The senior has waited a long time to earn a starting position, and seems primed for a big season.
Name a position, and Nick Begg has probably played it for Washington State.
He has been a running back, a receiver, an offensive lineman and a defensive end.
But finally, Begg has found a home, at defensive tackle, where he will be counted on to help replace some of the massive production the team lost when All-American Hercules Mata’afa declared early for the NFL draft.
Begg, a sixth-year senior, is recognized as one of the team leaders and will try to cause havoc in the Wyoming backfield when Washington State opens its season Saturday against the Cowboys in Laramie, Wyo.
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Begg was unstoppable in WSU’s spring game, registering four sacks, and followed that with a good fall camp. Finally, after years of waiting, he is set to be a starter. His patience has paid off.
“I was very patient in high school, too,” he said. “We had a really good high-school program and I didn’t start until my senior year. … I dealt with it before, and I was able to do it again. You just have to be mentally strong and understand that your time is going to come.”
Begg, who played with teammate Kyle Sweet at Santa Margarita (Calif.) High School, originally planned on playing at Arizona State and was going to “grayshirt” by delaying his enrollment until after the season.
But Begg said there were some coaching changes that caused him to change his mind about ASU, and he came to Washington State to visit his best friend from high school, River Cracraft, a receiver for the Cougars.
“We talked about playing together, so I came up to visit him on his birthday and ended up coming here,” he said.
The Cougars were happy to have him, but weren’t quite sure where to put the 6-foot-5, 253-pound Begg (now listed at 265 pounds).
“We’re kind of curious what the future holds as far as where he ends up,” coach Mike Leach told the Spokesman-Review in the summer of 2014 when Begg was a freshman. “But those guys that are as tall as him, run as well as he does, long arms, they have a funny way of always finding a place.”
It just took awhile.
He played defensive end in high school, but WSU put him at inside receiver to start.
“The blocking came easy but the routes and stuff – I quickly learned that that wasn’t for me,” he said. “I was a little bit too big for that. I got experience all around the field and it’s a good thing.”
He moved to fullback, then to the offensive line and was a defensive end as a sophomore. Begg was making his way up the depth chart, but at the start of fall camp last year he saw his name as a third-string defensive tackle.
“I was like ‘What? D tackle?’ ” he said. “But I just embraced it, and it worked out. So I am rolling with it. I enjoy being on the inside. Everything happens faster and it’s a quicker route to the quarterback than coming off the edge.”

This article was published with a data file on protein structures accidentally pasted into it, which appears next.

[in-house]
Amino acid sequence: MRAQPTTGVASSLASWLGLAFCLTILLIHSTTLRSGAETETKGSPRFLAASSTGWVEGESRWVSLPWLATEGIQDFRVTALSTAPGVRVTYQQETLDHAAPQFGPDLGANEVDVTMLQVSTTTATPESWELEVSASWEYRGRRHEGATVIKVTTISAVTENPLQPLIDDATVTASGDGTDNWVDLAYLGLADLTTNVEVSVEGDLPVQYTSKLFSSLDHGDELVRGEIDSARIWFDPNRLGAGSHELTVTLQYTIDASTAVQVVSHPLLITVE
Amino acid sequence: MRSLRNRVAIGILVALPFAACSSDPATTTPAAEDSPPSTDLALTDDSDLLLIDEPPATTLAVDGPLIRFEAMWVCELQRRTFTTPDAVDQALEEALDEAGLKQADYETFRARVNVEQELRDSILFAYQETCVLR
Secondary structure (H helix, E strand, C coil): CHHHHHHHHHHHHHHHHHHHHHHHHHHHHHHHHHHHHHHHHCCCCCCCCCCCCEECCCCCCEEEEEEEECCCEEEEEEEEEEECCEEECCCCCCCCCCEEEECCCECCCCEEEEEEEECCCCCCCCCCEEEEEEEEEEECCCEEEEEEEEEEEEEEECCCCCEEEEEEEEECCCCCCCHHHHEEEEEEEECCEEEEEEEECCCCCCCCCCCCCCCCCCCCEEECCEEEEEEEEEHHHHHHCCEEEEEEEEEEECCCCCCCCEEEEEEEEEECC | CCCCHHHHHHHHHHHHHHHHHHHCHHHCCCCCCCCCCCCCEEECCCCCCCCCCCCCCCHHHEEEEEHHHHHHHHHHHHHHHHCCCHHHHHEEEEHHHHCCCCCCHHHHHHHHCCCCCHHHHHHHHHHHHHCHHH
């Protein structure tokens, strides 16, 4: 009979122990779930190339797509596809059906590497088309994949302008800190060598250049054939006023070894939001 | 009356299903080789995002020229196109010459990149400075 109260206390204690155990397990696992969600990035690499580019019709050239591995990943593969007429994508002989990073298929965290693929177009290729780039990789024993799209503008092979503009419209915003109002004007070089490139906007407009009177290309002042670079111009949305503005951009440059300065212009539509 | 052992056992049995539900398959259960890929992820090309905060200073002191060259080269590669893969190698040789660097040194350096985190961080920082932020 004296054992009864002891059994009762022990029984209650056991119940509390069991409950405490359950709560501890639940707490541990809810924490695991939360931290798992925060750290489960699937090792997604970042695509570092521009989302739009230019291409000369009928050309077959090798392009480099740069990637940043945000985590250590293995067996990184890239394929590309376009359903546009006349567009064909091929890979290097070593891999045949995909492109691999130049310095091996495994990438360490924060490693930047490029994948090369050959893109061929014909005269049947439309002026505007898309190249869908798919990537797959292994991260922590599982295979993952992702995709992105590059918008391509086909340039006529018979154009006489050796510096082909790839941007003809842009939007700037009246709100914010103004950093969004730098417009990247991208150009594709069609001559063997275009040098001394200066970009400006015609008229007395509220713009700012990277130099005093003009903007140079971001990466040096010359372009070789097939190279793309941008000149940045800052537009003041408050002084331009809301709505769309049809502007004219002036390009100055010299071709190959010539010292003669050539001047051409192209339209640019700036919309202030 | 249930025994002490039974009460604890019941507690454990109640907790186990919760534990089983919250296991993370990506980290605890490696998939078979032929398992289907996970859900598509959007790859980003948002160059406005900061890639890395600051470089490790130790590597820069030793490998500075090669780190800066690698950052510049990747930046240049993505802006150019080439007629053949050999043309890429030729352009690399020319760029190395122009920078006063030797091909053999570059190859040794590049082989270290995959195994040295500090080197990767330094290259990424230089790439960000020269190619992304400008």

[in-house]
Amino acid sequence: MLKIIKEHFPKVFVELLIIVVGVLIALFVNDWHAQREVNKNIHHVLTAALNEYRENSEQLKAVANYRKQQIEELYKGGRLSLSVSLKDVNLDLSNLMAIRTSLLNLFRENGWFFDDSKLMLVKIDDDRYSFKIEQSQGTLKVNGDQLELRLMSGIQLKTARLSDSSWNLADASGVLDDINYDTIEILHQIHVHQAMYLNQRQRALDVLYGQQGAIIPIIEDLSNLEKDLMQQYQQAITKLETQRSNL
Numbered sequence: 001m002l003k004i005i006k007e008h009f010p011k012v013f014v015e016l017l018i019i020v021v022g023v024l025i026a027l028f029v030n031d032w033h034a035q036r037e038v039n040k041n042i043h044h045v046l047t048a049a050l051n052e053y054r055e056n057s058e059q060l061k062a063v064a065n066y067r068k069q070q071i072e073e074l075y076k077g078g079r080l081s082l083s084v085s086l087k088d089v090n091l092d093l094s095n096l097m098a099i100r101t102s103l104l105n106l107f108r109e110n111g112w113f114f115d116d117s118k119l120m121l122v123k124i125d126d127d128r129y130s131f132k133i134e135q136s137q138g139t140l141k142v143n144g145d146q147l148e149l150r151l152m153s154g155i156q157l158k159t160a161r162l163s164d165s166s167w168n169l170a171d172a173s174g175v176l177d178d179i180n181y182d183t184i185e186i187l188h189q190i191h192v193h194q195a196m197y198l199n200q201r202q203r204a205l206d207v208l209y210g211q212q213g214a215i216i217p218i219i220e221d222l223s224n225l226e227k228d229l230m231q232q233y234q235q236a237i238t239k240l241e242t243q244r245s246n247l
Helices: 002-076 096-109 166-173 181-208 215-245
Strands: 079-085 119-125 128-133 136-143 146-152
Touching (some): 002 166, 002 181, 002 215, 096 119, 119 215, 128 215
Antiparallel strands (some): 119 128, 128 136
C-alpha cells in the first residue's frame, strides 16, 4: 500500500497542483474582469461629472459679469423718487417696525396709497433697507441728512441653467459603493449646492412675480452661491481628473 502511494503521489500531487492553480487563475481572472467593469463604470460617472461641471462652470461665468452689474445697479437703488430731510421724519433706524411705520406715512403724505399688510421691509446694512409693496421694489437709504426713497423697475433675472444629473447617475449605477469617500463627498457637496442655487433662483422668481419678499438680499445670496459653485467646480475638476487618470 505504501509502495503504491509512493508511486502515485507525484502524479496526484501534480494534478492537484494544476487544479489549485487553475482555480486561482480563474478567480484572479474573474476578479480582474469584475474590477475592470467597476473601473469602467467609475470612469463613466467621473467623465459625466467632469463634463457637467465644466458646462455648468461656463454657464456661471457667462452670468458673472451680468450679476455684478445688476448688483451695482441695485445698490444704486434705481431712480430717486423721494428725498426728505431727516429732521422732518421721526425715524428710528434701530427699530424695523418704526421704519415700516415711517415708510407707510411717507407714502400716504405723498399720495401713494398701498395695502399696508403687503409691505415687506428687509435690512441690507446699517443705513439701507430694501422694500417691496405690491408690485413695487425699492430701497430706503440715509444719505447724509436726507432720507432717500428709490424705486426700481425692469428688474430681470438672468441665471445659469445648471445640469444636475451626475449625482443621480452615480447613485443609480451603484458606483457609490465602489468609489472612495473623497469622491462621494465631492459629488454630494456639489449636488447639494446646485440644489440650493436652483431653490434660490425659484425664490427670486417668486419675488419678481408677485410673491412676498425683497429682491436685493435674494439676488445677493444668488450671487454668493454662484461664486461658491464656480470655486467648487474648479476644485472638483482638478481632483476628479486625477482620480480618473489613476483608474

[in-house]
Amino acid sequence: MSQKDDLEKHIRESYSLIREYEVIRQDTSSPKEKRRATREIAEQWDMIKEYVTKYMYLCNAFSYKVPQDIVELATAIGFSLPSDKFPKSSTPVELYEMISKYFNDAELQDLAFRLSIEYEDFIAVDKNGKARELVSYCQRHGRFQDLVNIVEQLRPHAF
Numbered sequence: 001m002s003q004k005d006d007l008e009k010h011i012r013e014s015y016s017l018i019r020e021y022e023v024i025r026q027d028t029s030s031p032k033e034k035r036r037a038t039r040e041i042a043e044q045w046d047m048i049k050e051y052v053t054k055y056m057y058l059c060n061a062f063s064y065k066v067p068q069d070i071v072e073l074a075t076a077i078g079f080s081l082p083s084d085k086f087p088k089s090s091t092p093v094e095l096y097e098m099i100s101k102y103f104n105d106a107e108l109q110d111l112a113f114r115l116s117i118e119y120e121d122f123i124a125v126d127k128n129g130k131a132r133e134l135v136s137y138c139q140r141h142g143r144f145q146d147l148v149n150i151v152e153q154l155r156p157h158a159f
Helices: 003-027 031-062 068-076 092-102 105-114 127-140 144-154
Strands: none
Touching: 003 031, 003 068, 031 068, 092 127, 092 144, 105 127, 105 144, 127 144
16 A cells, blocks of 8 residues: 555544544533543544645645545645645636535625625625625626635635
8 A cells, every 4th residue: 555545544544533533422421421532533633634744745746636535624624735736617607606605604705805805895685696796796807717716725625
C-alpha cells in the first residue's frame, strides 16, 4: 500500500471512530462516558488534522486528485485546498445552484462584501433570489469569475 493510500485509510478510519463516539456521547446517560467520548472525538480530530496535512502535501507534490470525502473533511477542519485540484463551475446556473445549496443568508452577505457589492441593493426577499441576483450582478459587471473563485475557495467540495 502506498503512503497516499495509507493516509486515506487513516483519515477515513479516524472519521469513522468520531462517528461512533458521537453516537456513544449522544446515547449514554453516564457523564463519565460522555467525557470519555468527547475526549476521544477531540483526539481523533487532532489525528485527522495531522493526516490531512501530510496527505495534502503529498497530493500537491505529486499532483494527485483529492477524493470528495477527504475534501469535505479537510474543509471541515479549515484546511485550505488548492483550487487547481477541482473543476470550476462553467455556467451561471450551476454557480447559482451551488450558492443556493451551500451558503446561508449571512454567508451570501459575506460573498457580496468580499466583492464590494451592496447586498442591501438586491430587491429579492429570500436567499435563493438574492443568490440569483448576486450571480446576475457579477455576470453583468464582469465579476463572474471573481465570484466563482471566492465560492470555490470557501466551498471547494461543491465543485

When Mata’afa, who had 10.5 sacks and 22.5 tackles for loss last year, was ejected against Washington, Begg came in and got his first career sack. He wants a lot more, but will have to beat linemen with his quickness as he is undersized at his position.
“I am not looking to go into a big O-lineman – that’s not what I am built for,” Begg said. “I am built to hit gaps, penetrate and get into the backfield. I just got to be quick and be good with my hands. I watched Hercules a lot last year, and he wasn’t the biggest defensive tackle ¬ but he maneuvered and found ways to be quicker than the O-linemen to get through gaps.”
Begg and linebacker Peyton Pelluer, granted a sixth year of eligibility, are recognized as the leaders of the defense. It’s a role Begg is happy to fill.
“We’re the oldest guys and we’ve seen the most,” Begg said of he and Pelluer. “We have been around the longest, around coach Leach the longest. We just know how everything runs around here and we’ve seen everything. We’ve learned from all these guys ahead of us, and all the leadership they provided for us and now we are able to provide it for the younger guys.”
Begg said moving to Pullman after living in big cities was a tough transition, but he has grown to love the small college town.
“I didn’t know how to handle being in such a small town, and then, I started to really embrace it and got to know everyone,” he said. “It’s so fun and it’s such a good time. Everyone is so friendly and everyone loves the Cougs.”
Now he wants to finish his WSU career in style, starting with Saturday’s season opener. There is no relaxing now that he is starter.
“When you are starting, you have the pressure to set the standard, and you have to earn that job every day,” he said. “You’ve got to set the example for the rest of the D-line every day. You have to make sure that you are outperforming everyone else, and you can’t have any lapses in judgment or effort or anything.”